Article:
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Battle of the Java Sea – Andere Tijden

Witness Accounts: Battle of the Java Sea

A watery grave for more than 2,300 soldiers

Website ‘Andere Tijden’, 16 november 2016, By: Anne Verwaaij

“In the moonlight we saw our good old ‘Java,’ with its bow up, disappearing into the waves,” remembers Jan Beckering Vinckers about the destruction of the ‘Java’. In 1942 he was Lieutenant Commander on this ship. Shortly before the HMS ‘Java’ disappeared below the surface of the water, he and other officers helped about three hundred people get off the ship directly into the water. With a small team we stayed behind to throw floating objects to them. When the slope became too steep for us to stand on, the commander said: “Let’s leave the ship as well”.

The Java sinks, just like the ‘Kortenaer’ and ‘De Ruyter’, two other ships of the Dutch fleet. In the television series De Bezetting [The Occupation] (1962) two eyewitnesses talk about the final hours of the Battle of the Java Sea. They survived, but about 2,300 others did not. These people found their watery grave amongst the ship’s wrecks. These wrecks, as now becomes clear after almost 75 years, have largely disappeared from the ocean floor.

Java’s oil

It seems a smart move at first: The United States, Britain, the Netherlands and Australia stop the trade of militarily useful items, like steal and oil, with Japan. In doing so the countries try to end Japanese’s aggression in Asia. However, it encourages them to capture even more Asian countries. Japan itself has no natural oil resources and focuses on countries that do, such as the Dutch East Indies.

The Japanese fear that an attack on the colonies of the Allies will turn into a war with the United States, therefore the Japanese empire decides to attack the American fleet first, in Pearl Harbor on December 7, 1941. After this attack the Allies increasingly become aware that the islands surrounding the Java Sea are in danger.

Four countries join forces

After the capitulation of Thailand, Hong Kong and the occupation of two Indonesian islands, allied countries join forces on January 15, 1942. Separately they are too weak to stop the Japanese invasion.

Four countries form a fleet with the remaining warships under the name ABDACOM American-British-Dutch-Australian-Command. The Dutch Rear Admiral Karel Doorman is in charge of fourteen vessels and responsible for the defense of the Javanese island.

In the beginning of 1942 Doorman’s ships are patrolling the Java Sea. For sure that the Japanese fleet is on its way to Java, however it is unclear to the Rear Admiral where these ships sail exactly or when to expect a confrontation. The patrols are taking its toll on the crew. The lack of sleep of the military is troubling when Doorman finally catches sight of the Japanese ships in the afternoon of February 27.

The Battle of the Java Sea

First Karel Doorman decides to sail closer to the Japanese warships before giving the command to attack, because the guns cannot yet reach the ships. It turns out that during the battle not only the fatigue, but also the communication is problematic. The different nationalities have not been trained to work together, e.g. not all Dutch officers speak English and the ships are using different radio frequencies. In contrast, the well-organized Japanese fleet receives additional support from aircrafts as well.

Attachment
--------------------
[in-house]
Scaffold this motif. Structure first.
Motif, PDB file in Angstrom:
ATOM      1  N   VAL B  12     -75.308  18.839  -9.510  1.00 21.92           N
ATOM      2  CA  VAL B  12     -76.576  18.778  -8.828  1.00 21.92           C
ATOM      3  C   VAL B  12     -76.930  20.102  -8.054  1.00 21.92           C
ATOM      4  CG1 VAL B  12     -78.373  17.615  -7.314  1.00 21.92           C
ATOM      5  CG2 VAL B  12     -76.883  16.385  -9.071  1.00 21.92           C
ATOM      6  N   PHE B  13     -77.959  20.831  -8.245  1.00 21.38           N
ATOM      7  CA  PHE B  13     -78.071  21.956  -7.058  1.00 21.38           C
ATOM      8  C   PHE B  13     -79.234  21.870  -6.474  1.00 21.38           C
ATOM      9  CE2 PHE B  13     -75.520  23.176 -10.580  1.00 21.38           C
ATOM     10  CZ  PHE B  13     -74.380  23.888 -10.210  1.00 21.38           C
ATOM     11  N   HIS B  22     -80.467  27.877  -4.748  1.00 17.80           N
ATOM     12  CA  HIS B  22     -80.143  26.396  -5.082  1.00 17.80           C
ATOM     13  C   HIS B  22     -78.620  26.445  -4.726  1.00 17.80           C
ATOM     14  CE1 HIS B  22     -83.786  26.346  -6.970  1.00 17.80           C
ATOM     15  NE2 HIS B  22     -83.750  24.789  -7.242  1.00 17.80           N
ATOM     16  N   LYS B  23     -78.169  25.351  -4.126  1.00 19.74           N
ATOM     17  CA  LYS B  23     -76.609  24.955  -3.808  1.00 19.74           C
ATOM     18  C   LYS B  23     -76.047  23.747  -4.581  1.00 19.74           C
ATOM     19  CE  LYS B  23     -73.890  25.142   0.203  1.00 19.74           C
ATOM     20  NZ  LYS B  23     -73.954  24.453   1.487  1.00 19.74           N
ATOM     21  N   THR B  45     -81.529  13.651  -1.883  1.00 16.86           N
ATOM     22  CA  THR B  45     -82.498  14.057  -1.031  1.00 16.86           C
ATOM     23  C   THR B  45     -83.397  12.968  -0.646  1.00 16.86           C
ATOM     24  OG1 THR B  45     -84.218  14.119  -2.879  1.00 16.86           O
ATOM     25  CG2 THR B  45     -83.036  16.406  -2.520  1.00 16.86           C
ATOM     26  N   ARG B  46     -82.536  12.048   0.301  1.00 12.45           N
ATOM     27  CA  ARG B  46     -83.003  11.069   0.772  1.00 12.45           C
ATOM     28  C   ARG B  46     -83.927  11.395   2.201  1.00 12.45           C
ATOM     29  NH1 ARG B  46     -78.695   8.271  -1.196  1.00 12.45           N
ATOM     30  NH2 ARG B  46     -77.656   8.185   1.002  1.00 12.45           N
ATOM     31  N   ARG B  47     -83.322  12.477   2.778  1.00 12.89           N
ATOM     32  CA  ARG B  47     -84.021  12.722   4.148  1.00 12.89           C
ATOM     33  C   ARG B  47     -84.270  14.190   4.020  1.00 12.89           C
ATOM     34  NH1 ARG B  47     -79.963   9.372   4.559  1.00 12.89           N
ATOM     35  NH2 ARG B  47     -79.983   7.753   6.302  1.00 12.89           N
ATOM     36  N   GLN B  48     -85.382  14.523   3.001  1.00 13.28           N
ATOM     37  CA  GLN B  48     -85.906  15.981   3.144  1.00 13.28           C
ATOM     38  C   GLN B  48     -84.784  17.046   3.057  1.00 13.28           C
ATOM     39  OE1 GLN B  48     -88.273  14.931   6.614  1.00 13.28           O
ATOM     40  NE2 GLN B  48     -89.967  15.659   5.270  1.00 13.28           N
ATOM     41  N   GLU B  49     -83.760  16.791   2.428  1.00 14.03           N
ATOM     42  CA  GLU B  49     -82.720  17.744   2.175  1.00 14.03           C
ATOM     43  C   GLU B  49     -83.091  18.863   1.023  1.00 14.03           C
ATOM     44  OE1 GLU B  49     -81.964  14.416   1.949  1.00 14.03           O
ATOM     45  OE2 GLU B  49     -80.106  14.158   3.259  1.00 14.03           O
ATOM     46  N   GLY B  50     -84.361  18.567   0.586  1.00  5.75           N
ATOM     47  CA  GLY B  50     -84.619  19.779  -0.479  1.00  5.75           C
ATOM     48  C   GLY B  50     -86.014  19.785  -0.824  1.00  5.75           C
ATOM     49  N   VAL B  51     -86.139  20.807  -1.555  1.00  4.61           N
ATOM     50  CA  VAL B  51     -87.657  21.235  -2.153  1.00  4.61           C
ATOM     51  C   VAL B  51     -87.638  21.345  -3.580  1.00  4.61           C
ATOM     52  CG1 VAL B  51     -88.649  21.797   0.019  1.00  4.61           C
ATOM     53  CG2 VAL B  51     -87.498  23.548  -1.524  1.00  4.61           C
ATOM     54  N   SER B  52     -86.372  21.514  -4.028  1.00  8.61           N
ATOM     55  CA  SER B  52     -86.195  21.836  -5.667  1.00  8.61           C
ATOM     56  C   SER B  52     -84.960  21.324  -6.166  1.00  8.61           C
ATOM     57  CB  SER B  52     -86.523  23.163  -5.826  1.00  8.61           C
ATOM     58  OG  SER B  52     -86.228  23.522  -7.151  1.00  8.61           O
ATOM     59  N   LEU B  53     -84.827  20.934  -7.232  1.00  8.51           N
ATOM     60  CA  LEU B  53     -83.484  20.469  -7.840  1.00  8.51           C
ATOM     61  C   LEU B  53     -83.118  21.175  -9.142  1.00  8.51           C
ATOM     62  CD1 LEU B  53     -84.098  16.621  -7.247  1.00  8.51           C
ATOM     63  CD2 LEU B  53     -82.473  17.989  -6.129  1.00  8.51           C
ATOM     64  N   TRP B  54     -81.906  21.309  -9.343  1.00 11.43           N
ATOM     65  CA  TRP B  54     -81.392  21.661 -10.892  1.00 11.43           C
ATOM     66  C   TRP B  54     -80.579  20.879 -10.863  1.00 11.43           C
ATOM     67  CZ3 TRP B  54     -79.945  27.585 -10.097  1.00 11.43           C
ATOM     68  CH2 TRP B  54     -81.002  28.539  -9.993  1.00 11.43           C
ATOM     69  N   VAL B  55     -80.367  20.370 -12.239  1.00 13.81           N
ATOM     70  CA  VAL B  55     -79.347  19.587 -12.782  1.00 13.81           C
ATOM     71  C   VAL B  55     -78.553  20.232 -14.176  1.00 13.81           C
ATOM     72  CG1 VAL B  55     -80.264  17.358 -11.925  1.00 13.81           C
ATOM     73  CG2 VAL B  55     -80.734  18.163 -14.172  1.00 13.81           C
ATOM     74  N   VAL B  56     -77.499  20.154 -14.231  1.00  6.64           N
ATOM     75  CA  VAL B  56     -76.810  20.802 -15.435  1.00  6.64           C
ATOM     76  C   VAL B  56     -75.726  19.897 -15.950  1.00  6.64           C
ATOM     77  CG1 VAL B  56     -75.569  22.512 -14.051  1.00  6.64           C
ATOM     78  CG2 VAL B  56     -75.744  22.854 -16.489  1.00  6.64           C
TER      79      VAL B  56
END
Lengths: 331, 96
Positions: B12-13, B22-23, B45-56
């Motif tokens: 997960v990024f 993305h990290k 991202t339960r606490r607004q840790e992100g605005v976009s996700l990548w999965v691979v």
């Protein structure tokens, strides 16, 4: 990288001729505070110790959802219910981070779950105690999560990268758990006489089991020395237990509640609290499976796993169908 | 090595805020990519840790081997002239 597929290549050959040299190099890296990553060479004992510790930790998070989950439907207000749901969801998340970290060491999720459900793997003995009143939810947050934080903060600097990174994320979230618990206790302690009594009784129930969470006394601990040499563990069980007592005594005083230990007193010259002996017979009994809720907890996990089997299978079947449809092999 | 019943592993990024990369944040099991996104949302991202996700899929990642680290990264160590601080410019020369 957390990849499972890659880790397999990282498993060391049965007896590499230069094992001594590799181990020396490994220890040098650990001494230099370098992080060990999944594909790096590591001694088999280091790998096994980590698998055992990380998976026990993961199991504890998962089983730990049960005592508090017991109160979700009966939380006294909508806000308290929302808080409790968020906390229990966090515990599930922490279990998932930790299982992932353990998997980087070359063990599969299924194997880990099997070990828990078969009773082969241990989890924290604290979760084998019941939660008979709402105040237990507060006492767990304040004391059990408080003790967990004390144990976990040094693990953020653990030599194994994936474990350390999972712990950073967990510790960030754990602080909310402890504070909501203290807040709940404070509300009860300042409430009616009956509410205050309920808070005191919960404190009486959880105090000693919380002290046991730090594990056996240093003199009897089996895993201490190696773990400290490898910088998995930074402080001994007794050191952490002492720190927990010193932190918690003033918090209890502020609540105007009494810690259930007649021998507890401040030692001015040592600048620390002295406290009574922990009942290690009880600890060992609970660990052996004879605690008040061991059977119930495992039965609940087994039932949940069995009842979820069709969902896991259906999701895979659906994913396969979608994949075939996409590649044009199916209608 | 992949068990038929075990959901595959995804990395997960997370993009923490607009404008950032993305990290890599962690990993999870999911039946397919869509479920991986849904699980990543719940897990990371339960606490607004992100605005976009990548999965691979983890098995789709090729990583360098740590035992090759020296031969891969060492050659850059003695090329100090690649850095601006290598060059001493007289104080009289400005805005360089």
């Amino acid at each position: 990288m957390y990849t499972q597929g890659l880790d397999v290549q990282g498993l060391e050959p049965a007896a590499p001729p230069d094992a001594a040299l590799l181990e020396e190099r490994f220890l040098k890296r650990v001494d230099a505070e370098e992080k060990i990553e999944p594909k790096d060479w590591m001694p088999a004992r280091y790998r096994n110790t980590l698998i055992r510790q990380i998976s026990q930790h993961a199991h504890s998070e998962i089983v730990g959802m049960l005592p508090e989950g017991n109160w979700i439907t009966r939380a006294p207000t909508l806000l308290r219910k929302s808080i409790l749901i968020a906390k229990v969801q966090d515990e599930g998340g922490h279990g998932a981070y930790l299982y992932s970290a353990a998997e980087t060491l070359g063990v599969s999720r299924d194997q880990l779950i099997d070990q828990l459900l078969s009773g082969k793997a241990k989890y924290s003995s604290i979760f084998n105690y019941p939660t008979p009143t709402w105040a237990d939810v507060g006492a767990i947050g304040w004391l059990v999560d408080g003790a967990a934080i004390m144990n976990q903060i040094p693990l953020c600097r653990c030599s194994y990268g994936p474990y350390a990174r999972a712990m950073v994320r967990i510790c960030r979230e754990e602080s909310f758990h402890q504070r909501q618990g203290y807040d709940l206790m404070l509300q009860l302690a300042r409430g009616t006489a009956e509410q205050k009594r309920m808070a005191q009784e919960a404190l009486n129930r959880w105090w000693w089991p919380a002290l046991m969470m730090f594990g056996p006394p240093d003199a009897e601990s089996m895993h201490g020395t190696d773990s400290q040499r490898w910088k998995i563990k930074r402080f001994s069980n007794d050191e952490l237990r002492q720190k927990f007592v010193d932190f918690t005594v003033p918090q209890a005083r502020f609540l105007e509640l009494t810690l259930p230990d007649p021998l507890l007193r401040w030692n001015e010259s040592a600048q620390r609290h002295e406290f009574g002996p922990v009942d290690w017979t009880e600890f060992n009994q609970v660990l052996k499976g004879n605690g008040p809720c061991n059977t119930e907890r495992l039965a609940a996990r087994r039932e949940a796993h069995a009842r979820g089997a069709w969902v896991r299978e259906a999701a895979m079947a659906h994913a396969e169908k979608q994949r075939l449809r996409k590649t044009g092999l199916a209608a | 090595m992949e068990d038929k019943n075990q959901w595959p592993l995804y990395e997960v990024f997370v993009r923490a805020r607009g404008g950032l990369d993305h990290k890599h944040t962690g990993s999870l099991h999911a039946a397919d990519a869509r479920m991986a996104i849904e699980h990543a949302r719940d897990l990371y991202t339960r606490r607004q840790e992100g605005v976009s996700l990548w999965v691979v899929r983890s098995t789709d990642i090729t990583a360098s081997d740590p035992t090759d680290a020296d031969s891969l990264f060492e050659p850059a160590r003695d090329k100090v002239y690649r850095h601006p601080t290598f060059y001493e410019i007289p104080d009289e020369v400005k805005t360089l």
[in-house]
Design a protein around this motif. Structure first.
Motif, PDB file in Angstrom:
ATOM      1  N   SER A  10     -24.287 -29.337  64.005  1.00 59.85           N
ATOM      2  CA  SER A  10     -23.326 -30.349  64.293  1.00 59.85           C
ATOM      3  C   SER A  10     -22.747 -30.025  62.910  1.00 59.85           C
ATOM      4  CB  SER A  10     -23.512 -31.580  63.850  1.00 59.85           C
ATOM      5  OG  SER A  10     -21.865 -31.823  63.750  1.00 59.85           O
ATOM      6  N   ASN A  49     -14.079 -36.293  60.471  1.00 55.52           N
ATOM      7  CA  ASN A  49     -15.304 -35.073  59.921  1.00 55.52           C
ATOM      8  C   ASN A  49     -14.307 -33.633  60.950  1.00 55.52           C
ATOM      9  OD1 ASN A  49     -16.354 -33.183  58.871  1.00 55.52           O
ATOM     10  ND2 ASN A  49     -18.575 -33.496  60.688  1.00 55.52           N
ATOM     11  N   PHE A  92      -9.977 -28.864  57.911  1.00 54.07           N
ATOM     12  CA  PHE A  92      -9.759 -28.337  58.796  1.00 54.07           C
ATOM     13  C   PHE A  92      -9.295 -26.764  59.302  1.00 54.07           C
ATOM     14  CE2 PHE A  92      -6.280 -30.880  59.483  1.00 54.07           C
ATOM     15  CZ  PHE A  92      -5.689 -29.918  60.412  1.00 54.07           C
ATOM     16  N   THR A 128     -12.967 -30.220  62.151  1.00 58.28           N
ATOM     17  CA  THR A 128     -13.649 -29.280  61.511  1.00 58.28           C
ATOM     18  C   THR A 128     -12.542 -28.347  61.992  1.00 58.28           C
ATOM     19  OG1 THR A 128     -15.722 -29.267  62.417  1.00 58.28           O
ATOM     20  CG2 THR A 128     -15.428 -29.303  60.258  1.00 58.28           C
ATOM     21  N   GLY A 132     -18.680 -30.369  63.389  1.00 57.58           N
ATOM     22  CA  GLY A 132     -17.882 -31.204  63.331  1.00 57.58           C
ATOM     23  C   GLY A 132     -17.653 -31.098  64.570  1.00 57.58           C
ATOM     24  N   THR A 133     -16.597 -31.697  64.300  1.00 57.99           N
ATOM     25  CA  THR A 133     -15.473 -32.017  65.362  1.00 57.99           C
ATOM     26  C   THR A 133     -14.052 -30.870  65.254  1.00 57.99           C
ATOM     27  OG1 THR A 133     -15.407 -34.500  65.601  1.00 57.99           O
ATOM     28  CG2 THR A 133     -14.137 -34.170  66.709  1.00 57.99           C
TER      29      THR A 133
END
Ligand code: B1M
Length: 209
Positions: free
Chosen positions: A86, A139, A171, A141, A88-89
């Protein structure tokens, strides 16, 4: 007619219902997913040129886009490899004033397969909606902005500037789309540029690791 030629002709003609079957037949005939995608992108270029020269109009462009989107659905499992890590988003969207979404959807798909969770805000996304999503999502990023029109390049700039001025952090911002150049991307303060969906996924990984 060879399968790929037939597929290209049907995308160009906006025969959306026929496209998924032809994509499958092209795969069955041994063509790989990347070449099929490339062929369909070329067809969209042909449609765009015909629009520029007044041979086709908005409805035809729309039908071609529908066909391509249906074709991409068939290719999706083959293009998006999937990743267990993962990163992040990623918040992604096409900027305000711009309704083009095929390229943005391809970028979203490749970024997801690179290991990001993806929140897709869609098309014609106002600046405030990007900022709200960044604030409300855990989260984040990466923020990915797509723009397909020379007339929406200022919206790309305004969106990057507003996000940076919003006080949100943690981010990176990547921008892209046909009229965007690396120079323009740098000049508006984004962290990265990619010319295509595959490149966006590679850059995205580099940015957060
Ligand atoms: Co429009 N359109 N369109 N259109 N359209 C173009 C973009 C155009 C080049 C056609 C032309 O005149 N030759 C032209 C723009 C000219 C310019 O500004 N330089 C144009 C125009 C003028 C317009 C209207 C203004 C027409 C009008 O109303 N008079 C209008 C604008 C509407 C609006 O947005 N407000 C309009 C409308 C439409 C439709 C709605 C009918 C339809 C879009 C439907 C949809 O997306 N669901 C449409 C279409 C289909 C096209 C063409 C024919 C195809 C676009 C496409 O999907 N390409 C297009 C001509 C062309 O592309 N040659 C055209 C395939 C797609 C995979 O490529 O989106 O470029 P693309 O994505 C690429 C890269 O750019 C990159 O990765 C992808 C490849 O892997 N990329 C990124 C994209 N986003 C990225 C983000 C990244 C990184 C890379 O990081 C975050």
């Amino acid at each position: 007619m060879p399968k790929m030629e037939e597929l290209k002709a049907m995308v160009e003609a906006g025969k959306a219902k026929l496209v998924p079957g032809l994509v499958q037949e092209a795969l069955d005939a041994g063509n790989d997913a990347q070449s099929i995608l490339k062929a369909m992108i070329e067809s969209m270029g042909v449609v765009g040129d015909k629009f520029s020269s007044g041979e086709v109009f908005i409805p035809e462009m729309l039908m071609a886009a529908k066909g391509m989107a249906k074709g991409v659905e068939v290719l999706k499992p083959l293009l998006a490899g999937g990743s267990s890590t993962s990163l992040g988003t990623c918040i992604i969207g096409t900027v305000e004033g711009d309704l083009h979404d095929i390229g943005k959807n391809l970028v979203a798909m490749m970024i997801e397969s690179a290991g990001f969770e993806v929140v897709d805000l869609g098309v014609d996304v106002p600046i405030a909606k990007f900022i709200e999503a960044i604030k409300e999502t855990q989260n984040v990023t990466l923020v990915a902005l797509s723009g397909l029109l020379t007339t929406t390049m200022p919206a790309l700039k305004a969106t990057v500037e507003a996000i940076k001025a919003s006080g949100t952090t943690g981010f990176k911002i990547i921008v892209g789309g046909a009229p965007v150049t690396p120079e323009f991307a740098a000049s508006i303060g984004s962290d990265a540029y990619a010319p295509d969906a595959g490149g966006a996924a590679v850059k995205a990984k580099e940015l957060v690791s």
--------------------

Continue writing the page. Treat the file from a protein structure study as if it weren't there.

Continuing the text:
Fateful night

The Kortenaer is the first to drown. In the TV-documentary ‘De Bezetting’ the ship commander says that even before the Battle of the Java Sea, the ship was already heavily damaged and therefore unreliable. “Nevertheless we sailed straight towards the Japanese”, he says.

After a hit by a Japanese torpedo at 17:15 hour the ship breaks in two. The bow and the stern snap towards each other making the ‘Kortenaer’ sink rapidly. At 17:30 the ship vanished. The British HMS ‘Jupiter’ hits a (presumably Dutch) mine and also disappears under the water. Doorman is forced to temporarily withdraw the remaining ships that already suffered major damage.

Under the cover of the night Doorman strikes again. By now the Japanese were superior in terms of ships and more importantly: they are well trained in fighting in the dark. Within a short time, both the HMS ‘Java’ as well as Doorman’s ship HMS De Ruyter’ are hit by a torpedo-boat destroyer.

The decision to attack again turns the evening of November 27, into a fateful one. About 2,300 soldiers, including 915 Dutch, get buried at sea. The words Karel Doorman yelled during the attack:   “All ships, follow me!”, immortalize him. Especially the romantic version “I am attacking, follow me!” becomes a well-known phrase and several ships are named after the Admiral.

Commemorations and memories

In 2012, seventy years after the battle, a memorial takes place at the Kloosterkerk [Cloister Church] in The Hague. Vice admiral and Commander of the [Royal Netherlands] Navy, Matthieu Borsboom, is giving a speech and announces that another Navy ship will be named after Karel Doorman. One of Doorman’s sons also speaks during the memorial.

In the context of the commemoration, maritime historian Anita Van Dissel and the 91-year-old Henk Hinsbeeck, a survivor of the Battle of the Java Sea, are featured on the radio program OVT. Hinsbeeck was a young electrician on board of HMS ‘Kortenaer’. Even before replacing any light bulbs, things already went wrong: “When the ship got hit, an announcement said shortly ‘all hands overboard’ after which we could swim to the lifeboats”, he recalls.

Sources: Bas Flipse, ‘Slag in de Javazee’, 25-02-2012.